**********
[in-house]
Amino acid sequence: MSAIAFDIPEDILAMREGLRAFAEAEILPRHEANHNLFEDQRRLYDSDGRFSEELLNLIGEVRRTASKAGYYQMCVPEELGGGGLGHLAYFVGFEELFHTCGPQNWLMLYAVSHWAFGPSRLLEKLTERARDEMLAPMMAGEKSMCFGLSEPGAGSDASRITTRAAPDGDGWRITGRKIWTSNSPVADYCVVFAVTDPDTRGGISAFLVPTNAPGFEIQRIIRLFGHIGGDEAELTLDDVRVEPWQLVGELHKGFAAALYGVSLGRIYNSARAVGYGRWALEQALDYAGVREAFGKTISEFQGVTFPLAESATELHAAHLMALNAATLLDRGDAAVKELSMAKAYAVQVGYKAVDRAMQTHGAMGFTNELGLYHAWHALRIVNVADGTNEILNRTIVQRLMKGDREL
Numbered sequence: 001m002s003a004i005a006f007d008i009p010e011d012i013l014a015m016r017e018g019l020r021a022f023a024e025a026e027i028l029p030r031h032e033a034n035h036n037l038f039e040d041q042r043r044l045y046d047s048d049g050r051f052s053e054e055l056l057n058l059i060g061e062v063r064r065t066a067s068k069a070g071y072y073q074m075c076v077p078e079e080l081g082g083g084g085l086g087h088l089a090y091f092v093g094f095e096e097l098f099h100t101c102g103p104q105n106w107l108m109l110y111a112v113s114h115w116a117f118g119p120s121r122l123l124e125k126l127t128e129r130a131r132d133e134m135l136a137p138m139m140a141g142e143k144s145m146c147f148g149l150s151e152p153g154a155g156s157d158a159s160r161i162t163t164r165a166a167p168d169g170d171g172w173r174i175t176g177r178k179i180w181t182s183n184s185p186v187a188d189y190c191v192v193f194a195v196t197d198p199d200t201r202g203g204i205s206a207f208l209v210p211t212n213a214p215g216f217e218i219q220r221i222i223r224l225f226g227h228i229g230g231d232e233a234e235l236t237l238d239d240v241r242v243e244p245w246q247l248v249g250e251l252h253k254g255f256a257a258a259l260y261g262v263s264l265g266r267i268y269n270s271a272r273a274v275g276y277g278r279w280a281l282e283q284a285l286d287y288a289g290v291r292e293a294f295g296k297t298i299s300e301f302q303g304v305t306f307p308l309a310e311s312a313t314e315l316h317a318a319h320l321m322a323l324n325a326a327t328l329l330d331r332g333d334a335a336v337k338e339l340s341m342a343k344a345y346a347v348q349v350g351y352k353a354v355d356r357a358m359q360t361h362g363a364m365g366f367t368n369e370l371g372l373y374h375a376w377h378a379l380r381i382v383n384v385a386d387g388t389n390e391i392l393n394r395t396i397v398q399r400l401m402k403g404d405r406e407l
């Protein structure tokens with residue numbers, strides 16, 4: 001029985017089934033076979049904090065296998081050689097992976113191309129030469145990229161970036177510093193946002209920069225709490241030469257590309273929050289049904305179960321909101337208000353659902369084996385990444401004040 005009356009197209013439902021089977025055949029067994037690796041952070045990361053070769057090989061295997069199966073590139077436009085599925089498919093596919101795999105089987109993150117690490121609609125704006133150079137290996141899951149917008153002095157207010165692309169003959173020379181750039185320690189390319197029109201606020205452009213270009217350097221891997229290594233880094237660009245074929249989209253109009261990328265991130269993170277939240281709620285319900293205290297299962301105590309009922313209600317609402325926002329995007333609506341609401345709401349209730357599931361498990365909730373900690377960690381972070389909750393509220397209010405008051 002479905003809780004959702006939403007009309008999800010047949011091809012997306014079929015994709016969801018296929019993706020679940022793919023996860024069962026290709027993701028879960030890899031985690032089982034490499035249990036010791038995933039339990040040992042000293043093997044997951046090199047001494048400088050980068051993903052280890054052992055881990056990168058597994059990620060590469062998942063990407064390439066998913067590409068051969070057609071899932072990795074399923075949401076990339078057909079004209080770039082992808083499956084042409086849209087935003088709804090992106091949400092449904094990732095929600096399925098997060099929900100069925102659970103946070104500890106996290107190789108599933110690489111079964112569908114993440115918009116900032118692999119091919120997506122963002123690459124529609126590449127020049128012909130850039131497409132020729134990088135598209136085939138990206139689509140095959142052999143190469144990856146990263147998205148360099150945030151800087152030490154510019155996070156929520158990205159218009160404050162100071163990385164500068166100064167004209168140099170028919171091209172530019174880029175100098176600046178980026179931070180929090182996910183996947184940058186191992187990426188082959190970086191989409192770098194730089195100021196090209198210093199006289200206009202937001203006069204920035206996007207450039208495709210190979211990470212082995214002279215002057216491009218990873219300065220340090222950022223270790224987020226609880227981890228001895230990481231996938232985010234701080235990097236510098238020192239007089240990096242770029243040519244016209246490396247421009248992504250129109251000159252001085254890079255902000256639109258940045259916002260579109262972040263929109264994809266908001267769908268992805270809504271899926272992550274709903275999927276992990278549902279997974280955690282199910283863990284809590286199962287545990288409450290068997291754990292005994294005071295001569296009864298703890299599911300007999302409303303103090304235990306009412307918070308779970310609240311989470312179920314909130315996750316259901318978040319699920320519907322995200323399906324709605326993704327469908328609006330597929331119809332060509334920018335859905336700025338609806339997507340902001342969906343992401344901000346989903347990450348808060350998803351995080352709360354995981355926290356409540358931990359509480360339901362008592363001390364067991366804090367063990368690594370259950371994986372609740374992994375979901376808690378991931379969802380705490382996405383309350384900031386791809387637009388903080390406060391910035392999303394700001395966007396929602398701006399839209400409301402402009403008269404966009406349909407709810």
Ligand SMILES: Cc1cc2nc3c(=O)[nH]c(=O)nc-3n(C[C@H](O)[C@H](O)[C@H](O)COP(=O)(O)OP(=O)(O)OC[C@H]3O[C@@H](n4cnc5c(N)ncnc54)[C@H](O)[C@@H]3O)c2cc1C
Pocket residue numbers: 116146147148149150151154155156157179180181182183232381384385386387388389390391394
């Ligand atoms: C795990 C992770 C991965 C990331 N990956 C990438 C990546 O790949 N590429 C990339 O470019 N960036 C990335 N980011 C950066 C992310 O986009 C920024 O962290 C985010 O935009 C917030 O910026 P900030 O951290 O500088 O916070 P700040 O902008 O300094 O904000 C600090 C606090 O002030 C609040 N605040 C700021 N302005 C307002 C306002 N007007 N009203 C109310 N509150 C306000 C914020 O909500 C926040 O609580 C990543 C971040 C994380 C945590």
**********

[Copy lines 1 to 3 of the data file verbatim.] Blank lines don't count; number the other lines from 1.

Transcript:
[in-house]
Amino acid sequence: MSAIAFDIPEDILAMREGLRAFAEAEILPRHEANHNLFEDQRRLYDSDGRFSEELLNLIGEVRRTASKAGYYQMCVPEELGGGGLGHLAYFVGFEELFHTCGPQNWLMLYAVSHWAFGPSRLLEKLTERARDEMLAPMMAGEKSMCFGLSEPGAGSDASRITTRAAPDGDGWRITGRKIWTSNSPVADYCVVFAVTDPDTRGGISAFLVPTNAPGFEIQRIIRLFGHIGGDEAELTLDDVRVEPWQLVGELHKGFAAALYGVSLGRIYNSARAVGYGRWALEQALDYAGVREAFGKTISEFQGVTFPLAESATELHAAHLMALNAATLLDRGDAAVKELSMAKAYAVQVGYKAVDRAMQTHGAMGFTNELGLYHAWHALRIVNVADGTNEILNRTIVQRLMKGDREL
Numbered sequence: 001m002s003a004i005a006f007d008i009p010e011d012i013l014a015m016r017e018g019l020r021a022f023a024e025a026e027i028l029p030r031h032e033a034n035h036n037l038f039e040d041q042r043r044l045y046d047s048d049g050r051f052s053e054e055l056l057n058l059i060g061e062v063r064r065t066a067s068k069a070g071y072y073q074m075c076v077p078e079e080l081g082g083g084g085l086g087h088l089a090y091f092v093g094f095e096e097l098f099h100t101c102g103p104q105n106w107l108m109l110y111a112v113s114h115w116a117f118g119p120s121r122l123l124e125k126l127t128e129r130a131r132d133e134m135l136a137p138m139m140a141g142e143k144s145m146c147f148g149l150s151e152p153g154a155g156s157d158a159s160r161i162t163t164r165a166a167p168d169g170d171g172w173r174i175t176g177r178k179i180w181t182s183n184s185p186v187a188d189y190c191v192v193f194a195v196t197d198p199d200t201r202g203g204i205s206a207f208l209v210p211t212n213a214p215g216f217e218i219q220r221i222i223r224l225f226g227h228i229g230g231d232e233a234e235l236t237l238d239d240v241r242v243e244p245w246q247l248v249g250e251l252h253k254g255f256a257a258a259l260y261g262v263s264l265g266r267i268y269n270s271a272r273a274v275g276y277g278r279w280a281l282e283q284a285l286d287y288a289g290v291r292e293a294f295g296k297t298i299s300e301f302q303g304v305t306f307p308l309a310e311s312a313t314e315l316h317a318a319h320l321m322a323l324n325a326a327t328l329l330d331r332g333d334a335a336v337k338e339l340s341m342a343k344a345y346a347v348q349v350g351y352k353a354v355d356r357a358m359q360t361h362g363a364m365g366f367t368n369e370l371g372l373y374h375a376w377h378a379l380r381i382v383n384v385a386d387g388t389n390e391i392l393n394r395t396i397v398q399r400l401m402k403g404d405r406e407l